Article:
Posts Tagged ‘bad reviews

31
Jul
10

‘Beast’ by ‘Chipmunk’

In rap there is often a cachet associated with illegal activity, and in his debut single entitled ‘Beast’, Jahmaal ‘Chipmunk’ Ffye is quick to exploit that by opening with a 20 second clip of a male voice (which due to the language used and the megaphone distortion effect applied) we are led to believe is a police officer. He orders someone to ‘get down from the top of the scene’. A helicopter sounds to be hovering above, and police sirens are wailing.

As the police officer continues to speak, we discover he is asking that someone to ‘get down from the top of the scene’ as it is ‘unfair on the rest’. The Artist is leading us to believe that he is so dominant that it is unfair on his competitors. The Artist believes he is superior to his rivals at rapping.

The song proper begins with the Artist telling us of his origins. He claims to have come from the London Underground. This is a play on words, as he is referring not to the subway system in the capital but to the underground rap scene. The Artist is attempting to induce interest in his lyrics through wordplay.

He continues by telling us that he has taken his sound (by which the Artist is referring to his style of music) and spread it ‘over ground’. This is a deliberate misunderstanding of the term ‘underground’ which the Artist used in the preceding line, here meaning that his ‘sound’ is now successful enough that he is no longer ‘underground’, and is entering the mainstream.

The Artist states he is ‘leveling over clouds’ and he is ‘on top’. He is reminding us of his dominance, which he informed us of approximately 20 seconds ago. We are reassured to find that he has not lost his connection with his origins however, as he tells us he is ‘holding it down’. As if this were not proof enough, he repeats the exercise again with another two-line rhyming couplet in which he first describes himself as a king on a throne, and then undercuts that with self-awareness by stating his head is ‘too big for a crown’.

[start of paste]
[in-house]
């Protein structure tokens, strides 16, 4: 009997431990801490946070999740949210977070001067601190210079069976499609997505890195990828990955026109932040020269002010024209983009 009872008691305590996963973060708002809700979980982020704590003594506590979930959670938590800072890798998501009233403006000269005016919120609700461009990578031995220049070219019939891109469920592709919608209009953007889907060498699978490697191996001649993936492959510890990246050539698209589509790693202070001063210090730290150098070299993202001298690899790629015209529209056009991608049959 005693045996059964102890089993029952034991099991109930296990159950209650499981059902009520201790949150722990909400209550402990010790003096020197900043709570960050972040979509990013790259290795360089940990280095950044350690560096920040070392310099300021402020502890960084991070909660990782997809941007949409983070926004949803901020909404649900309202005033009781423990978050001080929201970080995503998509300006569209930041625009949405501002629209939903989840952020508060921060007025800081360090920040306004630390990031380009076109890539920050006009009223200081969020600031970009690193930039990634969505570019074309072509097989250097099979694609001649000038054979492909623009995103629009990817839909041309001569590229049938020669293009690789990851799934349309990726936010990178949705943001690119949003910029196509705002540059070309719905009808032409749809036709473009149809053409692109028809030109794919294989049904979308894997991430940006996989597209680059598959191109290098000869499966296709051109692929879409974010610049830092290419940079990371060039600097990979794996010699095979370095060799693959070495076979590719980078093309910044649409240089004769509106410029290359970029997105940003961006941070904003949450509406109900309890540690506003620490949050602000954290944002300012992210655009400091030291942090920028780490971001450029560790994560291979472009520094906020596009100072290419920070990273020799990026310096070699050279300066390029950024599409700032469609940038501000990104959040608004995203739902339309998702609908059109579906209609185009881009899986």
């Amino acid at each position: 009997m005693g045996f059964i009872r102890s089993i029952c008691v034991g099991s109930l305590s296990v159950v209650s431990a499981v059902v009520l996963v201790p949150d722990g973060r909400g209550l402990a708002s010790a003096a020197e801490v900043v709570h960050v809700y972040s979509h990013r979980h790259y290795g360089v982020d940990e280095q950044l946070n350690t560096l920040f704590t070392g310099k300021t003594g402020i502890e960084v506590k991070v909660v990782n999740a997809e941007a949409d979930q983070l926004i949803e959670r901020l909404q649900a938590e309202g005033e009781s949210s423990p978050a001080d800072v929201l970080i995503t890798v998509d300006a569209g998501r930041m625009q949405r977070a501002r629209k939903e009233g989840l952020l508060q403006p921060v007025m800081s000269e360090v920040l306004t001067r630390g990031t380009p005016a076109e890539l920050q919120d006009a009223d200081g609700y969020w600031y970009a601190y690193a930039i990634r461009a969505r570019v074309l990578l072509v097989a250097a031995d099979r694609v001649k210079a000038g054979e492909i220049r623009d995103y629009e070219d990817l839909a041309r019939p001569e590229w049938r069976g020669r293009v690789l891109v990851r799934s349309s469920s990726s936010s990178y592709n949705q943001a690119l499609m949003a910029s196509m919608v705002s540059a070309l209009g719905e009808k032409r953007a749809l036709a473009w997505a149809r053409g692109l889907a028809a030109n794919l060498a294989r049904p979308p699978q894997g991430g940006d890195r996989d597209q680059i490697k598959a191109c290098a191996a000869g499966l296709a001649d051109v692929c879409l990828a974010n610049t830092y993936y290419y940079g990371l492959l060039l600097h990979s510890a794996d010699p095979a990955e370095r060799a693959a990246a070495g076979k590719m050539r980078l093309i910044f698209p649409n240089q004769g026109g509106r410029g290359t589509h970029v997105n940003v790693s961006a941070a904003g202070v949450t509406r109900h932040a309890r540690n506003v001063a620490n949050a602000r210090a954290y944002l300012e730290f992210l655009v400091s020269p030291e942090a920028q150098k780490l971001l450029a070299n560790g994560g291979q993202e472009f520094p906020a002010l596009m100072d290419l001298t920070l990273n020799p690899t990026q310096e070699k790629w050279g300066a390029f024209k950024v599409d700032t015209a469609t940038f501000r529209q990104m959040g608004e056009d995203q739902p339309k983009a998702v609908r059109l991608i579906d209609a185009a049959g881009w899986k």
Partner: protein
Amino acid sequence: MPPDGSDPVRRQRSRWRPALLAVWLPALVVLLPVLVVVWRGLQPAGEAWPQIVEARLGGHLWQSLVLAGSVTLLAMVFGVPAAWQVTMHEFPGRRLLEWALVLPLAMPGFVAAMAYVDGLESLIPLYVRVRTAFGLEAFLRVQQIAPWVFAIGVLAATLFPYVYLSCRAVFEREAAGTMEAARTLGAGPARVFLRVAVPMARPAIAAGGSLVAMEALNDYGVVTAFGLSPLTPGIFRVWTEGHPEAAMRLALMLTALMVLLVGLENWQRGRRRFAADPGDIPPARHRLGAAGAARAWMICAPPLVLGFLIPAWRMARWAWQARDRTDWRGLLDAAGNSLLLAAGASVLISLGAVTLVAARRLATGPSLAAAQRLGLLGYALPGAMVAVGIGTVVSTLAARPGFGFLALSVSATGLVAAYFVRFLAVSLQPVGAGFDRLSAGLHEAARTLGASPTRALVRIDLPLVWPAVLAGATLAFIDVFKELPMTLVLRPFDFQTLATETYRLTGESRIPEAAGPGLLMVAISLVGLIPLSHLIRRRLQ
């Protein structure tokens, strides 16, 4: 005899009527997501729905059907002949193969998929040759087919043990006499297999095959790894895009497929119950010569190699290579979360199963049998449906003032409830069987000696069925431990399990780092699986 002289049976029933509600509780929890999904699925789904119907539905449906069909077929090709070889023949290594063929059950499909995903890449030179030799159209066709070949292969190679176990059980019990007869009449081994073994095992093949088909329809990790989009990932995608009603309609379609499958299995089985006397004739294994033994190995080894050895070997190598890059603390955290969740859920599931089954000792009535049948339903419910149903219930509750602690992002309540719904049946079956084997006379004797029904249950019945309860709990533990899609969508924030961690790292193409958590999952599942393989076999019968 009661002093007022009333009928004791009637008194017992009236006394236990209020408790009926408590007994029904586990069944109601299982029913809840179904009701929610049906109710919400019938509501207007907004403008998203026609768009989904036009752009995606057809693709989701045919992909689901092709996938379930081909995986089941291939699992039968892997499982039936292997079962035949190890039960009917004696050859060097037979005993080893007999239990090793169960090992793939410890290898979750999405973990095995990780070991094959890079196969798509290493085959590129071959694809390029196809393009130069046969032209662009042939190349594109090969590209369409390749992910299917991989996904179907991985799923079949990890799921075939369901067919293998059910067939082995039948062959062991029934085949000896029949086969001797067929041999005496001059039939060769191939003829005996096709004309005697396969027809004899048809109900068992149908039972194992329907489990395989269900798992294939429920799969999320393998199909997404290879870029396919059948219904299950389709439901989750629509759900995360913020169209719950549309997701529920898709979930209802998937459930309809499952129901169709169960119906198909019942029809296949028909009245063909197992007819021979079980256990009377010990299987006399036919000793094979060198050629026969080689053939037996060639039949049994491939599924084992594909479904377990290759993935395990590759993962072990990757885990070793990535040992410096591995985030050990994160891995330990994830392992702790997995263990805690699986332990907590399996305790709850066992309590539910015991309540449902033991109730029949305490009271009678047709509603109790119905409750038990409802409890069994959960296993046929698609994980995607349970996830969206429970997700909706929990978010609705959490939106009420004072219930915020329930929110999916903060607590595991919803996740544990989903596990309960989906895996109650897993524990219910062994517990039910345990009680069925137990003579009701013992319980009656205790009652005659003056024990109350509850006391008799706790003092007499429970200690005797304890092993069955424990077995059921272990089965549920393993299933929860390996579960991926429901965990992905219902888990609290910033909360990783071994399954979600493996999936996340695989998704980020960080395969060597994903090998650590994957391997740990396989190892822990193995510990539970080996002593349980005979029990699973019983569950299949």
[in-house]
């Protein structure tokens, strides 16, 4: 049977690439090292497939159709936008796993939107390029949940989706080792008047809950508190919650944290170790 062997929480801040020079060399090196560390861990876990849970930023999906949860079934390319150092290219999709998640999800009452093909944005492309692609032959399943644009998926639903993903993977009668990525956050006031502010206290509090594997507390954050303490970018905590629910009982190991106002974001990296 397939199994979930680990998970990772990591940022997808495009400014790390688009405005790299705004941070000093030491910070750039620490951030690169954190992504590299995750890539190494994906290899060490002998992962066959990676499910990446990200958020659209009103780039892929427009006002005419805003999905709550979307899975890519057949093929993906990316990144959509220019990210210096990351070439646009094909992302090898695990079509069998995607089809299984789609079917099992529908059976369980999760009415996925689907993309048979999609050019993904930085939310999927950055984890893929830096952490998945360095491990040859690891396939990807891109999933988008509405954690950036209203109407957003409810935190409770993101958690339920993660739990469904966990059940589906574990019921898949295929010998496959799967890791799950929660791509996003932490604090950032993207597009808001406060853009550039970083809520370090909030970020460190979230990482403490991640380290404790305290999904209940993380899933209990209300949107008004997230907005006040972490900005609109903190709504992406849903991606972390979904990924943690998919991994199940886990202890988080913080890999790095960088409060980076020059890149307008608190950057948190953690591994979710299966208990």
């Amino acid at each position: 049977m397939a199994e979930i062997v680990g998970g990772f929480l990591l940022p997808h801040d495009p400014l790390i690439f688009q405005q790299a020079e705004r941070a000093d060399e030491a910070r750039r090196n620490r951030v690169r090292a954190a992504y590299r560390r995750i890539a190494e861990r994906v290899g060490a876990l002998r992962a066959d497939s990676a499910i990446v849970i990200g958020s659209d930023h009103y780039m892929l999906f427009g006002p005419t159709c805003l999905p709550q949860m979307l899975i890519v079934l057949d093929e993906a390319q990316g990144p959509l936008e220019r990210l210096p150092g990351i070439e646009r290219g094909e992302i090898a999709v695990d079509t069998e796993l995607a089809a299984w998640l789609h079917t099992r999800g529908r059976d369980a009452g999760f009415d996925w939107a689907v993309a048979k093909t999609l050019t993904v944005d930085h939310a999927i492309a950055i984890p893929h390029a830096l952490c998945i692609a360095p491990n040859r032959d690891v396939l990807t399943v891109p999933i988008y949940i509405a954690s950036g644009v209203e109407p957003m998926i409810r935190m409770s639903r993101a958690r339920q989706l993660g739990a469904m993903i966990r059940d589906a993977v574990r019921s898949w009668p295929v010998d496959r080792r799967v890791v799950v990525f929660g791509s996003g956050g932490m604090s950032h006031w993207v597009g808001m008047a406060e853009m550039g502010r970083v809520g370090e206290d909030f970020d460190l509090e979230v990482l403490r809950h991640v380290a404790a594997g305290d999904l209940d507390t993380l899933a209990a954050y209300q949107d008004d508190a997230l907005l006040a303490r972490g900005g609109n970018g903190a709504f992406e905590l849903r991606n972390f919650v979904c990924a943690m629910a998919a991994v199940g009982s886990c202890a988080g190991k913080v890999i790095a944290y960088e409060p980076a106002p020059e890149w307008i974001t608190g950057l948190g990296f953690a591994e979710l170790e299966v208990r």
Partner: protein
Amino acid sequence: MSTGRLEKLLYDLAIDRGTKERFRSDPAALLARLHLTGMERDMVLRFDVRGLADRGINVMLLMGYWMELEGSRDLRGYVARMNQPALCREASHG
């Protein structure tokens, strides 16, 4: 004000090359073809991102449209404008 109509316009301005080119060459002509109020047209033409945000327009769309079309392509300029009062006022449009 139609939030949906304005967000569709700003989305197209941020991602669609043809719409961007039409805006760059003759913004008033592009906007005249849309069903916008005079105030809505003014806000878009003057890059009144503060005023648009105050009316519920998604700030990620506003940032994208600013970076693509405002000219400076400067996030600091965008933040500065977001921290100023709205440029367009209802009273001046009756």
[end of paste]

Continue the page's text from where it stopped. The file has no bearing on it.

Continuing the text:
He makes a concession to his audience’s common parlance by using the abbreviation ‘LOL’ but clarifies its meaning – ‘laugh out loud’. The Artist decides that just one acronym is insufficient, and he deploys another in the following line, leaving us with the following sequence: ‘LOL you can laugh out loud / SOS they wanna send out / try to call for help or something’. Here the Artist is telling a visceral story. We can imagine a group of people, many of whom are heavily intoxicated by alcohol. Two of the group begin to fight, and one of the fighters is the Artist. The assembled crowd are laughing because physical violence is amsuing. The Artist is easily triumphing over his opponent, and the fight passes a certain point causing the loser’s friends to wish to seek medical or police assistance for their friend. The Artist is telling us he is good at fighting.

The Artist then seems to realise his social obligation, and abruptly offers an endorsement for safer sex by telling us ‘preventions cure my cousin / prevent this beef from buzzing’. ‘Beef’ refers to the male sexual organ, whilst buzzing is metaphorical language designed to conjure images of flies surrounding rotting meat. This is a message which is immediately abandoned.

Having satisfied his conscience, the Artist resumes informing us of his status. He is the ‘beast’ who ‘elevated from the street’. However, this is an unusual admission of poor self-image from the Artist, who seems to visualise himself as some kind of monstrous creature. He swiftly casts aside this moment of self-doubt, however, as he says his competitors are weak.

The chorus, which will be repeated three times throughout the song, is chiefly about his rise as a mainstream star of rap music. He tells us ‘oh I’m coming’, ‘I’m coming up to take it down’ and ‘I’m free, coming deep’.

The chorus does not have any sexual connotations.

It is apparent that the Artist has in the past had his detractors, many of whom were his competitors. Over the next fifteen lines he berates them as he boasts of his own success. ‘4 years down the line I’m here,’ the Artist says, ‘4 years down the line you’re there.’ The Artist believes his performance has eclipsed that of his detractors.

We have further reason to question whether the Artist’s past was filled with unsupportive figures as following the chorus he again crows about his victory over his rivals, and asserts his own credentials as someone who has experience of the sort his customers believe they have had. ‘They was laughing at me, but who’s laughing now?’ the Artist questions.

At the end of the song, prior to the chorus and fade-out, the Artist answers his own question. ‘Hahahahahaha hahahahaha / You took me off the leash / Hahahahaha’.

Who’s laughing now? The Artist.